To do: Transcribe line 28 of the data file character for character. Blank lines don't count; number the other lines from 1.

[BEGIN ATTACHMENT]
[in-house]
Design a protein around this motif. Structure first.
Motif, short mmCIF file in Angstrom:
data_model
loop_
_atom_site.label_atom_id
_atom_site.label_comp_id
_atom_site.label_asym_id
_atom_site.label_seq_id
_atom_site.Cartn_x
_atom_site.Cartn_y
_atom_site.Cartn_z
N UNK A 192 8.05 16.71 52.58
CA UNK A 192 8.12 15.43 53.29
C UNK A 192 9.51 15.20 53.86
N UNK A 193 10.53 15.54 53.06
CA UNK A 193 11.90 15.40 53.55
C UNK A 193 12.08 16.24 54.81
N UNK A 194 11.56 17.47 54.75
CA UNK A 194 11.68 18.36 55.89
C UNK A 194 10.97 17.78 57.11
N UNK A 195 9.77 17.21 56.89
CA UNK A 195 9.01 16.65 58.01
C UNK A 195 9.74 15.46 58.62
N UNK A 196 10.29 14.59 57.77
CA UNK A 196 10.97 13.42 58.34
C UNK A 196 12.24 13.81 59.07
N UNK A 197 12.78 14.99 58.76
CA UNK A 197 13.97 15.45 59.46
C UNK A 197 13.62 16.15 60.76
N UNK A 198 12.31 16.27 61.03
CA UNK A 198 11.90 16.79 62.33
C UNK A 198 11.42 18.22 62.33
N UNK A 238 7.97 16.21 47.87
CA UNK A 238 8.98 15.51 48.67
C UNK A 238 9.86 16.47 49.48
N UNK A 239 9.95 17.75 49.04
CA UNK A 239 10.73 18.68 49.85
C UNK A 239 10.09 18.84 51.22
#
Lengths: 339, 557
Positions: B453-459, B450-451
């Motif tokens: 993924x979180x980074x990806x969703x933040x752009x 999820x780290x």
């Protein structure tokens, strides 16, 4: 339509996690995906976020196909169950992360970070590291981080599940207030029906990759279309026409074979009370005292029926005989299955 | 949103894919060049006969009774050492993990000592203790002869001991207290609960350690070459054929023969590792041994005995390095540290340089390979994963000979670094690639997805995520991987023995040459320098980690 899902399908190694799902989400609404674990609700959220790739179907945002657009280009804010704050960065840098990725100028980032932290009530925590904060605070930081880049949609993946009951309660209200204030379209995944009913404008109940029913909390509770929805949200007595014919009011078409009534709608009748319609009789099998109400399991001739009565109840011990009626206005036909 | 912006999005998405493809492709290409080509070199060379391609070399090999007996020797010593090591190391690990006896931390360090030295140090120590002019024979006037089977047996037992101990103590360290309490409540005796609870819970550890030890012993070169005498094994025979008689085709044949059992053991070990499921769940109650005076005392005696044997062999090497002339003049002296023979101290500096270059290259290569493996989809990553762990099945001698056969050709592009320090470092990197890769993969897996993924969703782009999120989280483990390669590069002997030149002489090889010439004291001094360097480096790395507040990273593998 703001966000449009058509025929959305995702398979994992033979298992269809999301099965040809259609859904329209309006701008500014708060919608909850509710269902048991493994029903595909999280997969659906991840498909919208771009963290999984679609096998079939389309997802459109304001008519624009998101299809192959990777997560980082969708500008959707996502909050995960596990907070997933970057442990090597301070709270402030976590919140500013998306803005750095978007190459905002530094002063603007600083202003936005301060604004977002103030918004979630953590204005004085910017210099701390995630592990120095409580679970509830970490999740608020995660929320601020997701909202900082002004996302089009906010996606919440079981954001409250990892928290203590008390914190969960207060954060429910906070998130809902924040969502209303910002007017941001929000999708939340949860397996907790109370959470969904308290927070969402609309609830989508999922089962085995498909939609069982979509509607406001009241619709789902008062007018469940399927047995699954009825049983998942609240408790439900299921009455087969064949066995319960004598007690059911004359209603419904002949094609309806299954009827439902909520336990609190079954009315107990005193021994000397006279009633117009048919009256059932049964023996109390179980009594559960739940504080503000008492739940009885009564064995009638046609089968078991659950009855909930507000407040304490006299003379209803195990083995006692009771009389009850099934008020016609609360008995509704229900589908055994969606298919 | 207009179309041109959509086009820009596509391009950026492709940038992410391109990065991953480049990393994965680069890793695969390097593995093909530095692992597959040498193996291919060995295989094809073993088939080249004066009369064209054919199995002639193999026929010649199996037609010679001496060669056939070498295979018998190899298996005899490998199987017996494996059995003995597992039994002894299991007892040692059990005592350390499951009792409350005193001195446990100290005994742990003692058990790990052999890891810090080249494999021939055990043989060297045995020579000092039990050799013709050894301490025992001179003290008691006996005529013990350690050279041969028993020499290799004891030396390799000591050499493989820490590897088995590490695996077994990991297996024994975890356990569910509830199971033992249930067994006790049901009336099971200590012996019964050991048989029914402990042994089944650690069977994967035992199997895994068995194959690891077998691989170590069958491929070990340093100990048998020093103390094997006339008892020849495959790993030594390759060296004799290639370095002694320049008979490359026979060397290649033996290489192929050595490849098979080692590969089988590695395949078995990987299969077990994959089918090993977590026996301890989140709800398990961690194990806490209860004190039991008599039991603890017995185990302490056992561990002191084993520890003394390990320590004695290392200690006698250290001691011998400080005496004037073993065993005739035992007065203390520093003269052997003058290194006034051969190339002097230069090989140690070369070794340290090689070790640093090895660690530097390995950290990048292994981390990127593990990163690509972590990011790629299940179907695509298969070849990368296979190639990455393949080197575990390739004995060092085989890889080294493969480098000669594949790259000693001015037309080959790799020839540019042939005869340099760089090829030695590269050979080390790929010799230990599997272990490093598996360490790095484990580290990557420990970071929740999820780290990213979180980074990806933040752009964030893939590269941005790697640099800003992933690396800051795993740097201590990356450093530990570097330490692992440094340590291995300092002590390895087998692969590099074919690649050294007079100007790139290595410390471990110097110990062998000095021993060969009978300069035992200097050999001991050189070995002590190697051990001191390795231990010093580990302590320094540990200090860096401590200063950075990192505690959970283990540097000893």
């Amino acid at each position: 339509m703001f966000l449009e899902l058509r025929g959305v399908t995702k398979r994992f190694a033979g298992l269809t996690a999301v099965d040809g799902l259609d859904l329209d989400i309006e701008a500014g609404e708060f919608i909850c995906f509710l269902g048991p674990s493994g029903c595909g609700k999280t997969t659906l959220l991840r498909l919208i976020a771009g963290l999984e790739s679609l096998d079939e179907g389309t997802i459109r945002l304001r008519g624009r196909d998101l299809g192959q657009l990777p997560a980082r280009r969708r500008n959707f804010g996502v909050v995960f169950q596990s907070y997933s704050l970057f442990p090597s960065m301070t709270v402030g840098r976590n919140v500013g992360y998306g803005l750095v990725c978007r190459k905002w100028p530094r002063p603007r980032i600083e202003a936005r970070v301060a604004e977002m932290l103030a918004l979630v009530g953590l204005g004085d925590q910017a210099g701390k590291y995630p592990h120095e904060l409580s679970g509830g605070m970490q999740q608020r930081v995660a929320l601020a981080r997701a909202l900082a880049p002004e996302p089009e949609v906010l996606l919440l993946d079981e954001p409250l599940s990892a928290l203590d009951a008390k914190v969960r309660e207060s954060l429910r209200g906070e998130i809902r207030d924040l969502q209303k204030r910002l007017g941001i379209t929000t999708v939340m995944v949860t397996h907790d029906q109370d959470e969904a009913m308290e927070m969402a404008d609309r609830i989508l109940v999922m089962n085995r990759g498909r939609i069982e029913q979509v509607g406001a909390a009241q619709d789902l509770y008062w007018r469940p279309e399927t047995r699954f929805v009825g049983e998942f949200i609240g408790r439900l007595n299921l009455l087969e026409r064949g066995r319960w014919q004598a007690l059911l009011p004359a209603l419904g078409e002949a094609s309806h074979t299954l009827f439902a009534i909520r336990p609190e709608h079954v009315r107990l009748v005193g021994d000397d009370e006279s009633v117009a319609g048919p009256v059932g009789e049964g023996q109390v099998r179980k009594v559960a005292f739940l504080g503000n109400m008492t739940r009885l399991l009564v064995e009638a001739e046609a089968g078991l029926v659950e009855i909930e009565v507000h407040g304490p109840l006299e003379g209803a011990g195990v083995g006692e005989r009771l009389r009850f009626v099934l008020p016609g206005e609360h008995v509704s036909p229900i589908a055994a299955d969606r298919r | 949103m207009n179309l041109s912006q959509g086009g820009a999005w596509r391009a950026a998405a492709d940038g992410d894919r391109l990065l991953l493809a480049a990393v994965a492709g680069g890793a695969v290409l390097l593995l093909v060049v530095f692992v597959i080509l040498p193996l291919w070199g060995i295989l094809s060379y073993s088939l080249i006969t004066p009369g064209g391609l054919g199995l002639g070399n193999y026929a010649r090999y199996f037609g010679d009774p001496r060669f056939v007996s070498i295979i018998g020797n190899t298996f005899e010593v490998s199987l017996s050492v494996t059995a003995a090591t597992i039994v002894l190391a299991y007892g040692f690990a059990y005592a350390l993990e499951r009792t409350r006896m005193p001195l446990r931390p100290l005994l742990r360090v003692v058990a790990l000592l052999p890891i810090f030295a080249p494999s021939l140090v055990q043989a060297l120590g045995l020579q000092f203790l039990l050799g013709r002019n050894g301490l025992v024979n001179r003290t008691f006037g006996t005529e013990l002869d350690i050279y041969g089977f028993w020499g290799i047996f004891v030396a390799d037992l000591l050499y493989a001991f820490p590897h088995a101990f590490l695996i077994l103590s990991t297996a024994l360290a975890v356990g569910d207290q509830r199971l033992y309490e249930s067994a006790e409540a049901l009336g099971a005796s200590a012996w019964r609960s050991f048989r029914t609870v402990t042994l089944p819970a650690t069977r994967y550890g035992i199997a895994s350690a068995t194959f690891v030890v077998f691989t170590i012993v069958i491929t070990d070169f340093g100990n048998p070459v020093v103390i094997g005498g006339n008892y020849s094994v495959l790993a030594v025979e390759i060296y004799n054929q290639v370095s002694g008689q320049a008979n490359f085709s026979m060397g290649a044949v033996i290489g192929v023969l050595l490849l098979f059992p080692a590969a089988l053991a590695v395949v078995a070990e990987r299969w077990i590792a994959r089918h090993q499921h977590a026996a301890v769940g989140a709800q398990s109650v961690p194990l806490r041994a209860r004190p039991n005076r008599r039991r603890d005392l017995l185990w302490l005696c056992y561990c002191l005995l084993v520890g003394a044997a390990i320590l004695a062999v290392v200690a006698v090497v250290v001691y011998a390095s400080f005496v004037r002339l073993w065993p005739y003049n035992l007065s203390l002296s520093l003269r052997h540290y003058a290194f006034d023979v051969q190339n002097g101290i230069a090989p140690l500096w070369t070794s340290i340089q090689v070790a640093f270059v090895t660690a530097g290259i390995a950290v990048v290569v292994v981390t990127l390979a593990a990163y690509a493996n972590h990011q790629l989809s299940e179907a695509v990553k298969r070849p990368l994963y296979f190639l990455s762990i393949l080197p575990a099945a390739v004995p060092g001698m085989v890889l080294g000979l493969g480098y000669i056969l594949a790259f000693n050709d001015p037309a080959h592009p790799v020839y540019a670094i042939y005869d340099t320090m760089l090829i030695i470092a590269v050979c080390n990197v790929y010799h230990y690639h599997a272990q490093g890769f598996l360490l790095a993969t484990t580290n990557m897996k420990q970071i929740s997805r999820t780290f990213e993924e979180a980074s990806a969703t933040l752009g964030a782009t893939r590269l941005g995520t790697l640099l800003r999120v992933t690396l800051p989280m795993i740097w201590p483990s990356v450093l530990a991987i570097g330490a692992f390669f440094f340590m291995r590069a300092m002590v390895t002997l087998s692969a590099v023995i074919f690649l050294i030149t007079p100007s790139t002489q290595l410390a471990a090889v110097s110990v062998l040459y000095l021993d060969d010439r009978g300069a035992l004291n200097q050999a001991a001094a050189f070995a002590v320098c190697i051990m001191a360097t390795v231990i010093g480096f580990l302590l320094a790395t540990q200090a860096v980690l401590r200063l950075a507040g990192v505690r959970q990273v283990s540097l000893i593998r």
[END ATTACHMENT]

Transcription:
N UNK A 197 12.78 14.99 58.76